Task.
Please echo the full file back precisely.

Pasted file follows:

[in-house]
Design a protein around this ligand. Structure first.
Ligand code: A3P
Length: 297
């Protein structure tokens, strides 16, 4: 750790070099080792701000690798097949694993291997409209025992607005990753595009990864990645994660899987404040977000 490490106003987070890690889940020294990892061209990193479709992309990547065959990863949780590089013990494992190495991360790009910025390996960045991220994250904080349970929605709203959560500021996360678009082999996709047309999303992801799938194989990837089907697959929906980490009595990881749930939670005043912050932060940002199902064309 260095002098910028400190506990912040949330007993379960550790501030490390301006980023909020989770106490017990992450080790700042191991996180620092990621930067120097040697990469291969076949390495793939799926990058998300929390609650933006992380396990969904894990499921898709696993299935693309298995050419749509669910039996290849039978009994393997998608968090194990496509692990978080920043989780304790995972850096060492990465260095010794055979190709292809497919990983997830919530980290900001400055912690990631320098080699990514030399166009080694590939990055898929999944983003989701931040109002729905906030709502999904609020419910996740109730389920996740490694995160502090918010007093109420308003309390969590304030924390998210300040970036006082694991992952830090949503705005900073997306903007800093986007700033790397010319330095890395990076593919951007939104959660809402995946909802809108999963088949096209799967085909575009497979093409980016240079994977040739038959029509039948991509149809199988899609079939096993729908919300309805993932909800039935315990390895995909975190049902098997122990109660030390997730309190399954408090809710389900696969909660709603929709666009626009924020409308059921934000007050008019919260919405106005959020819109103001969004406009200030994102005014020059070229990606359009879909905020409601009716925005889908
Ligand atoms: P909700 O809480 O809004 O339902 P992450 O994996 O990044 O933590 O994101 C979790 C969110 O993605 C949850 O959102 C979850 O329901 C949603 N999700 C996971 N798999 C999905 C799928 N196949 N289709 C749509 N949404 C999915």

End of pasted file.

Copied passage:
[in-house]
Design a protein around this ligand. Structure first.
Ligand code: A3P
Length: 297
């Protein structure tokens, strides 16, 4: 750790070099080792701000690798097949694993291997409209025992607005990753595009990864990645994660899987404040977000 490490106003987070890690889940020294990892061209990193479709992309990547065959990863949780590089013990494992190495991360790009910025390996960045991220994250904080349970929605709203959560500021996360678009082999996709047309999303992801799938194989990837089907697959929906980490009595990881749930939670005043912050932060940002199902064309 260095002098910028400190506990912040949330007993379960550790501030490390301006980023909020989770106490017990992450080790700042191991996180620092990621930067120097040697990469291969076949390495793939799926990058998300929390609650933006992380396990969904894990499921898709696993299935693309298995050419749509669910039996290849039978009994393997998608968090194990496509692990978080920043989780304790995972850096060492990465260095010794055979190709292809497919990983997830919530980290900001400055912690990631320098080699990514030399166009080694590939990055898929999944983003989701931040109002729905906030709502999904609020419910996740109730389920996740490694995160502090918010007093109420308003309390969590304030924390998210300040970036006082694991992952830090949503705005900073997306903007800093986007700033790397010319330095890395990076593919951007939104959660809402995946909802809108999963088949096209799967085909575009497979093409980016240079994977040739038959029509039948991509149809199988899609079939096993729908919300309805993932909800039935315990390895995909975190049902098997122990109660030390997730309190399954408090809710389900696969909660709603929709666009626009924020409308059921934000007050008019919260919405106005959020819109103001969004406009200030994102005014020059070229990606359009879909905020409601009716925005889908
Ligand atoms: P909700 O809480 O809004 O339902 P992450 O994996 O990044 O933590 O994101 C979790 C969110 O993605 C949850 O959102 C979850 O329901 C949603 N999700 C996971 N798999 C999905 C799928 N196949 N289709 C749509 N949404 C999915």